With thicker materials, stress relieving is a common post-weld thermal treatment to relieve stress points caused from the welding process that could contribute to cracking in the weld. It requires a higher temperature — upward of 1,000 to 1,250 degrees Fahrenheit — but it should be lower than the critical point so that phase transformation doesn’t occur. Once it’s at the right temperature, the holding time needs to account for the steel’s thickness and the level of residual stresses. Cooling needs to occur gradually to allow hydrogen time to diffuse out of the weldment and prevent the reintroduction of stresses.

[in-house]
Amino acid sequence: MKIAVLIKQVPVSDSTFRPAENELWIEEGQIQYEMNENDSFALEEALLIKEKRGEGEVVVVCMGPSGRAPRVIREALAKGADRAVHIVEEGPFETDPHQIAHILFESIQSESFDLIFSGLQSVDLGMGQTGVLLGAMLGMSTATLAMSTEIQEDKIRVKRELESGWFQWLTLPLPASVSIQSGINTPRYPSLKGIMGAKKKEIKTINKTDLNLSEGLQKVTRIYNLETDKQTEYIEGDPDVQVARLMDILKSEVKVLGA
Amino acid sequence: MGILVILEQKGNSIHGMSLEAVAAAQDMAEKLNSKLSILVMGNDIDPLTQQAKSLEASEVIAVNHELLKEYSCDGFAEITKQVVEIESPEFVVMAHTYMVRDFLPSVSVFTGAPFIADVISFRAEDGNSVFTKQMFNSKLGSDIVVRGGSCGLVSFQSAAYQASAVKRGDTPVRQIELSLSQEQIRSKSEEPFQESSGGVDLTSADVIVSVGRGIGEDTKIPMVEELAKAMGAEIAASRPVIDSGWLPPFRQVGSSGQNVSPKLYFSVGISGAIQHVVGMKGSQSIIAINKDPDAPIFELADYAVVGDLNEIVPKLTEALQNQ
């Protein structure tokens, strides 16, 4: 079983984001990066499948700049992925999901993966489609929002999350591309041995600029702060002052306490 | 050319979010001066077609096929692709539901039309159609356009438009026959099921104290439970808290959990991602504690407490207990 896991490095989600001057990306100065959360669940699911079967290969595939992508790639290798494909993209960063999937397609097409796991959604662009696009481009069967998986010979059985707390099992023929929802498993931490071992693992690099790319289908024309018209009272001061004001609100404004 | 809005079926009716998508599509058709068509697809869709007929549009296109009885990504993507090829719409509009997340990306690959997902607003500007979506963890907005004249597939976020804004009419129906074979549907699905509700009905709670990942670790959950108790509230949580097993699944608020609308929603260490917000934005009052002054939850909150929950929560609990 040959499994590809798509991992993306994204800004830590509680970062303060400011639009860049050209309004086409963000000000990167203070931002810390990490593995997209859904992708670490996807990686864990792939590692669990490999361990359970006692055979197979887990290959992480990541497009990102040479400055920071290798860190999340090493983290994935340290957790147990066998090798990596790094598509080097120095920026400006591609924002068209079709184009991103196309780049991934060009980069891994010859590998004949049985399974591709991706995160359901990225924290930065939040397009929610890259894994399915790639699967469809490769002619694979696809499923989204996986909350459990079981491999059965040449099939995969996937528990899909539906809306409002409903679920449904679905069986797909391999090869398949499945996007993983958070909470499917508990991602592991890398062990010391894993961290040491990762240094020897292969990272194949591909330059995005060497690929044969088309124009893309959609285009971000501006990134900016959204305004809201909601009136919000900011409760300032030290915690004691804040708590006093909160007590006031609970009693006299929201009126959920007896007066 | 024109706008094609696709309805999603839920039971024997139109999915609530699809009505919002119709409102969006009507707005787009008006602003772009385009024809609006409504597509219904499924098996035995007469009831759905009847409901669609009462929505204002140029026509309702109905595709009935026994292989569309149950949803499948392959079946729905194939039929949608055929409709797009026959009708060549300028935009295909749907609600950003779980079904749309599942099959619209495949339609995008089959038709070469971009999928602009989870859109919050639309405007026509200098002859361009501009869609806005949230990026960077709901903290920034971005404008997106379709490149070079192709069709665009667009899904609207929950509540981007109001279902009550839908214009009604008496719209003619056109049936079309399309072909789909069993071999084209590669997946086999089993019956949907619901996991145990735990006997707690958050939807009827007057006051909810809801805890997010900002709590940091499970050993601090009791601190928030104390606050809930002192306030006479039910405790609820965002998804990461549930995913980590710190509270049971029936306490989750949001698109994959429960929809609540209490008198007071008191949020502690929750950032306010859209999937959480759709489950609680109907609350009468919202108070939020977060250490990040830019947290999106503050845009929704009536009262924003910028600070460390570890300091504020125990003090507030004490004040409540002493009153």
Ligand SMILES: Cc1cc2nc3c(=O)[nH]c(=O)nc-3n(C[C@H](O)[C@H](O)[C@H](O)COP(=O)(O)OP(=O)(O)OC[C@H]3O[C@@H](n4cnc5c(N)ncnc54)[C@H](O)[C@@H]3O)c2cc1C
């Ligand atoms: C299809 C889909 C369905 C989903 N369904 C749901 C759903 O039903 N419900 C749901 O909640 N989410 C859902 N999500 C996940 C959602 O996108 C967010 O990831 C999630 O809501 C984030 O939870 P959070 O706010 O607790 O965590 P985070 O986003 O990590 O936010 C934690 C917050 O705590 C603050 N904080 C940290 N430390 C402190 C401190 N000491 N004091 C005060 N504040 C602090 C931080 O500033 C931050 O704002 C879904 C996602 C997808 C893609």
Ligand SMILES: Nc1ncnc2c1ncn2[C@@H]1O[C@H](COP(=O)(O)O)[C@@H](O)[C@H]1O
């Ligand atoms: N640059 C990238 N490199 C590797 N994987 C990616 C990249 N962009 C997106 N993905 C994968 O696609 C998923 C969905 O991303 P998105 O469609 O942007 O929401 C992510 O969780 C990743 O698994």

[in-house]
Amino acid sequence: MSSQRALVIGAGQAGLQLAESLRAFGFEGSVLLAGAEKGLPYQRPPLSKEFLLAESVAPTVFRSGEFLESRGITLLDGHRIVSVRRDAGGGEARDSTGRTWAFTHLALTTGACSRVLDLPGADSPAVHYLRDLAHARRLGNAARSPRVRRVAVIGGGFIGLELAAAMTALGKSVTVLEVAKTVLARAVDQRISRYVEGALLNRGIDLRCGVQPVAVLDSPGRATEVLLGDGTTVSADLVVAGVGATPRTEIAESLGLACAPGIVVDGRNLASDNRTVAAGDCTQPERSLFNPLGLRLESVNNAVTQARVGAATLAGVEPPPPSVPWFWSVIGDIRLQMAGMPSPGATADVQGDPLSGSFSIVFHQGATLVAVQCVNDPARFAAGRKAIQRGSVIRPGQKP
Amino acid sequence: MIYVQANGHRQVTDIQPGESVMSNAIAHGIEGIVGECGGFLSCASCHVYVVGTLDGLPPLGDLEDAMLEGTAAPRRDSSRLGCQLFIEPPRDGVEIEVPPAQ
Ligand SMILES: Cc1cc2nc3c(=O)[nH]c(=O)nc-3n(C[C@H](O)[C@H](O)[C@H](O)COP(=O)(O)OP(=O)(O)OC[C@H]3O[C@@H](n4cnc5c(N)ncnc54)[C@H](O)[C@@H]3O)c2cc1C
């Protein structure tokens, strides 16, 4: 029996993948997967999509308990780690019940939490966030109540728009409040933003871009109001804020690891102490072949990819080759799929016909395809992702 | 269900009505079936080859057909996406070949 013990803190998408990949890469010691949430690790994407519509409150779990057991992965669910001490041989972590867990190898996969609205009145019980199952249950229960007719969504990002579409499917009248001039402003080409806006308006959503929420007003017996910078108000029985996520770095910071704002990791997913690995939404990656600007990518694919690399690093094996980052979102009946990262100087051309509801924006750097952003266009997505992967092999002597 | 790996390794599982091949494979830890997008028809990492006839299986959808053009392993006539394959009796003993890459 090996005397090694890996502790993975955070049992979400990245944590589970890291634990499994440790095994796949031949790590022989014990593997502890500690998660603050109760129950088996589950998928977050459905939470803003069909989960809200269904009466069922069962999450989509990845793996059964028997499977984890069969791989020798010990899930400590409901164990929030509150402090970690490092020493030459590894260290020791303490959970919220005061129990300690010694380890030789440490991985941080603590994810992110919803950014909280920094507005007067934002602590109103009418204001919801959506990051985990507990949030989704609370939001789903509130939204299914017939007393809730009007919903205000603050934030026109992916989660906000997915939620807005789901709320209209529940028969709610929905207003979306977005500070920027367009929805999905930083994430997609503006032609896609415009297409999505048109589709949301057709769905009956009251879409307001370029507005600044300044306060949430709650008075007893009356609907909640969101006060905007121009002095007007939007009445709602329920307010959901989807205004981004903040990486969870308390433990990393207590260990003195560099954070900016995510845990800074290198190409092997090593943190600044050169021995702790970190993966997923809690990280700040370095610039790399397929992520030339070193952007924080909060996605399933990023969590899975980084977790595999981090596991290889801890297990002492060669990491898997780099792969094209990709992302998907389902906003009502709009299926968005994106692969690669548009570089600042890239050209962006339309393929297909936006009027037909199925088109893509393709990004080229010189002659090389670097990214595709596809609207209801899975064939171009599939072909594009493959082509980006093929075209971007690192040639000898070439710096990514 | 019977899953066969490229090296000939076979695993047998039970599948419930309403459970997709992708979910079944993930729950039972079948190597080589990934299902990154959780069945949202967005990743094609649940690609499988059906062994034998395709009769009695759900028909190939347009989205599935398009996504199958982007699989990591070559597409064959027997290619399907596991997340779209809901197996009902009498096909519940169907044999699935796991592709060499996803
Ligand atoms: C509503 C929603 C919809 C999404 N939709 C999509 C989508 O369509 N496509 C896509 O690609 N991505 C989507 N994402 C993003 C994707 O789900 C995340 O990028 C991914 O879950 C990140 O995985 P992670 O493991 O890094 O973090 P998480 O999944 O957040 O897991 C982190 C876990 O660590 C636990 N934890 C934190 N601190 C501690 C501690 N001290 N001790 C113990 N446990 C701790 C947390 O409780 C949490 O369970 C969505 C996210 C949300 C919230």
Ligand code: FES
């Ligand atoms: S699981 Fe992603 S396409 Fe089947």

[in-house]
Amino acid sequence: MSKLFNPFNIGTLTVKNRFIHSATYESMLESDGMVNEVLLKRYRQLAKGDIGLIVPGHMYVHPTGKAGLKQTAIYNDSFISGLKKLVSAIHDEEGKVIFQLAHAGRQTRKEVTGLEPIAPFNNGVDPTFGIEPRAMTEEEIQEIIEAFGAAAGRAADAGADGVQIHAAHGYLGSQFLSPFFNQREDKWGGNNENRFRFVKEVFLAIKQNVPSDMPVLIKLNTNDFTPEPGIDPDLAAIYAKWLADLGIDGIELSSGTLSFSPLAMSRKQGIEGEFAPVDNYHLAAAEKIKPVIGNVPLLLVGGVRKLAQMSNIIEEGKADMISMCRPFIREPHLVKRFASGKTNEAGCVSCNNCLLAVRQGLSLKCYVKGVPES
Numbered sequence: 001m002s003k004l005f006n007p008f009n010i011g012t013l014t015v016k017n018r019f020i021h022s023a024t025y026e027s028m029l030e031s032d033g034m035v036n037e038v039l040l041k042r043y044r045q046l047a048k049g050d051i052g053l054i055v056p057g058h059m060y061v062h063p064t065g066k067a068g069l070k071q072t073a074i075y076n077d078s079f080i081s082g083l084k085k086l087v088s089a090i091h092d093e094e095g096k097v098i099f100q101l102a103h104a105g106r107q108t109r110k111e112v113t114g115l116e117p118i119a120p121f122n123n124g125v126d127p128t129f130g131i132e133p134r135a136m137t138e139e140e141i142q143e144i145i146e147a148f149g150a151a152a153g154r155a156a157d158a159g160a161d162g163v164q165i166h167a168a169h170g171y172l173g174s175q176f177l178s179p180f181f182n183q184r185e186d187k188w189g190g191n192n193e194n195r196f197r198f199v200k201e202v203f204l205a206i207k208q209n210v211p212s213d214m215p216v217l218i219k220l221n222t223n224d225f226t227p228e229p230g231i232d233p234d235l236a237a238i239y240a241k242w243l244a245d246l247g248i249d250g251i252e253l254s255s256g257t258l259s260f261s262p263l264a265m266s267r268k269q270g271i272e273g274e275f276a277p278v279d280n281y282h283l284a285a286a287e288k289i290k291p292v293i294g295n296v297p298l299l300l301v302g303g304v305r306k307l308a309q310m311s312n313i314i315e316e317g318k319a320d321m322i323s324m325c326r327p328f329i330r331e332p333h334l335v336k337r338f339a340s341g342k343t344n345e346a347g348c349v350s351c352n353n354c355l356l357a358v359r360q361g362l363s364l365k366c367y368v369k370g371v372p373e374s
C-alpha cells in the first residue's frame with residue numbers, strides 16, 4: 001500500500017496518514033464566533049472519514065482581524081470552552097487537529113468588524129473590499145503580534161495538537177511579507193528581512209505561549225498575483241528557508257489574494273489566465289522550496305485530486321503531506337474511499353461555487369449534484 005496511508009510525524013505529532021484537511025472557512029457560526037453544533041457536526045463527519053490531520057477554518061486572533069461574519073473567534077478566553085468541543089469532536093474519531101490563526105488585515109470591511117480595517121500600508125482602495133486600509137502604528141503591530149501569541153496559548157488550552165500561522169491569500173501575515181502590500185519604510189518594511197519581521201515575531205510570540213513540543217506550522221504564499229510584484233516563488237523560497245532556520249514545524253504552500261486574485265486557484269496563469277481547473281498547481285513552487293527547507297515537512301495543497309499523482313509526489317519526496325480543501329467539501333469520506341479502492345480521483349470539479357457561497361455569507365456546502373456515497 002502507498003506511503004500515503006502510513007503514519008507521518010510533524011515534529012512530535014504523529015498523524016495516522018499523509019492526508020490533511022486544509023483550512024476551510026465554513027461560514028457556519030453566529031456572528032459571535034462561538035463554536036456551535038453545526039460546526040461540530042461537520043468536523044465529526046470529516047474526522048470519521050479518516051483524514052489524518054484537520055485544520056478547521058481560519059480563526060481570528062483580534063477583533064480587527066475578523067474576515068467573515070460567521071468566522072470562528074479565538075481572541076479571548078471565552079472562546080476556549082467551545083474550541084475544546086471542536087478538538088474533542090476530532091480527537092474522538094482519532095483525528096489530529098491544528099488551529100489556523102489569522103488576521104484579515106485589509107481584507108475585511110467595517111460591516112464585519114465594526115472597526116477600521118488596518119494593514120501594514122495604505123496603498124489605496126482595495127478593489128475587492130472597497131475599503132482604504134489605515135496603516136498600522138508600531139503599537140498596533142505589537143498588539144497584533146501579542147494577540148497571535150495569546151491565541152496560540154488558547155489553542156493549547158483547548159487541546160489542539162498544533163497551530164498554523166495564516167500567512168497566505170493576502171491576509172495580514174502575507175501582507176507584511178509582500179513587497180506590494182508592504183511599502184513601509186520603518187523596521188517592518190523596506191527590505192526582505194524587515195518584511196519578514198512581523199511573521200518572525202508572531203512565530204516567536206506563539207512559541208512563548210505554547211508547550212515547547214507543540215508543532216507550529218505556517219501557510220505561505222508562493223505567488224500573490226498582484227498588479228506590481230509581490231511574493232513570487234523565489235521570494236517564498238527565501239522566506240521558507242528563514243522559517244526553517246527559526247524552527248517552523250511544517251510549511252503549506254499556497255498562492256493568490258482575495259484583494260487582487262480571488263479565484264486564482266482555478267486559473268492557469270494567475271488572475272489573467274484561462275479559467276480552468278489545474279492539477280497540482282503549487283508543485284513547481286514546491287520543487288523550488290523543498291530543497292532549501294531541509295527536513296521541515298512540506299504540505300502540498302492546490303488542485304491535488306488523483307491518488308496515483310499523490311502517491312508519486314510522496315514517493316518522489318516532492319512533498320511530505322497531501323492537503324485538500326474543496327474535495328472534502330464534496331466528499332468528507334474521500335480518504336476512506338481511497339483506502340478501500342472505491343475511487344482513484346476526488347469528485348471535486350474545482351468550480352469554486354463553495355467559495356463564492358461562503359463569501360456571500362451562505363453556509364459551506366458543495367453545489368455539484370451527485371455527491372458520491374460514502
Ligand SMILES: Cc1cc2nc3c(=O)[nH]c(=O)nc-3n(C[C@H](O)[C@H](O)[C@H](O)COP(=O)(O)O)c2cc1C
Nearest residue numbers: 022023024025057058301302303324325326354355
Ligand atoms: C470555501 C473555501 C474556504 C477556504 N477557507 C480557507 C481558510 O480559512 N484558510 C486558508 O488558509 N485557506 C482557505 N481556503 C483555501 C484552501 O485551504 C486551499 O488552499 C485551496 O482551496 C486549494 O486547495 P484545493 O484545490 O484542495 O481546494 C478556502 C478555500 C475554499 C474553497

Typically, various codes and standards provide guidelines on the minimum required heating and cooling temperatures and rates. There are also various methods of achieving these temperatures, the most common being induction coils and ovens.

The Right Filler Metal

One of the most important aspects of the weld is the filler metal used at the weld joint. Choosing the right filler metal for 4130 and 4140 steels depends on several variables, such as the condition of the material prior to welding, the desired condition of the material post-weld and the design requirements of the finished product.